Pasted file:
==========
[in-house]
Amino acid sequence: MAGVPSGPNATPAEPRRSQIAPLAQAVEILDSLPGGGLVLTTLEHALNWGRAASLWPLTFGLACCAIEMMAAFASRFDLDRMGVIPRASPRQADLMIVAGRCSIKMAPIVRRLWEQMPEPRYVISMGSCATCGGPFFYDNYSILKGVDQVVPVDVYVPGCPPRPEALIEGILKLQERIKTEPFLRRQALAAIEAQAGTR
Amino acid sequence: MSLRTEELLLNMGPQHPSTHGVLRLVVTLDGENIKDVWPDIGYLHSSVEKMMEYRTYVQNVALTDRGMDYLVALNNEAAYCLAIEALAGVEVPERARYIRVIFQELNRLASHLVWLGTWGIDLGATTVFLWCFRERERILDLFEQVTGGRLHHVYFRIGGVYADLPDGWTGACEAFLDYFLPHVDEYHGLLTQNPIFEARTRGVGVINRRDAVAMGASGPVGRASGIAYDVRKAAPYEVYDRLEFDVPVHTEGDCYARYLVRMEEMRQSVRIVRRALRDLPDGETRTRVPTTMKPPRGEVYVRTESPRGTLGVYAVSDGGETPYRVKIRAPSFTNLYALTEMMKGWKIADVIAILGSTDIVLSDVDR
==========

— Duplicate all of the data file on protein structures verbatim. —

[in-house]
Amino acid sequence: MAGVPSGPNATPAEPRRSQIAPLAQAVEILDSLPGGGLVLTTLEHALNWGRAASLWPLTFGLACCAIEMMAAFASRFDLDRMGVIPRASPRQADLMIVAGRCSIKMAPIVRRLWEQMPEPRYVISMGSCATCGGPFFYDNYSILKGVDQVVPVDVYVPGCPPRPEALIEGILKLQERIKTEPFLRRQALAAIEAQAGTR
Amino acid sequence: MSLRTEELLLNMGPQHPSTHGVLRLVVTLDGENIKDVWPDIGYLHSSVEKMMEYRTYVQNVALTDRGMDYLVALNNEAAYCLAIEALAGVEVPERARYIRVIFQELNRLASHLVWLGTWGIDLGATTVFLWCFRERERILDLFEQVTGGRLHHVYFRIGGVYADLPDGWTGACEAFLDYFLPHVDEYHGLLTQNPIFEARTRGVGVINRRDAVAMGASGPVGRASGIAYDVRKAAPYEVYDRLEFDVPVHTEGDCYARYLVRMEEMRQSVRIVRRALRDLPDGETRTRVPTTMKPPRGEVYVRTESPRGTLGVYAVSDGGETPYRVKIRAPSFTNLYALTEMMKGWKIADVIAILGSTDIVLSDVDR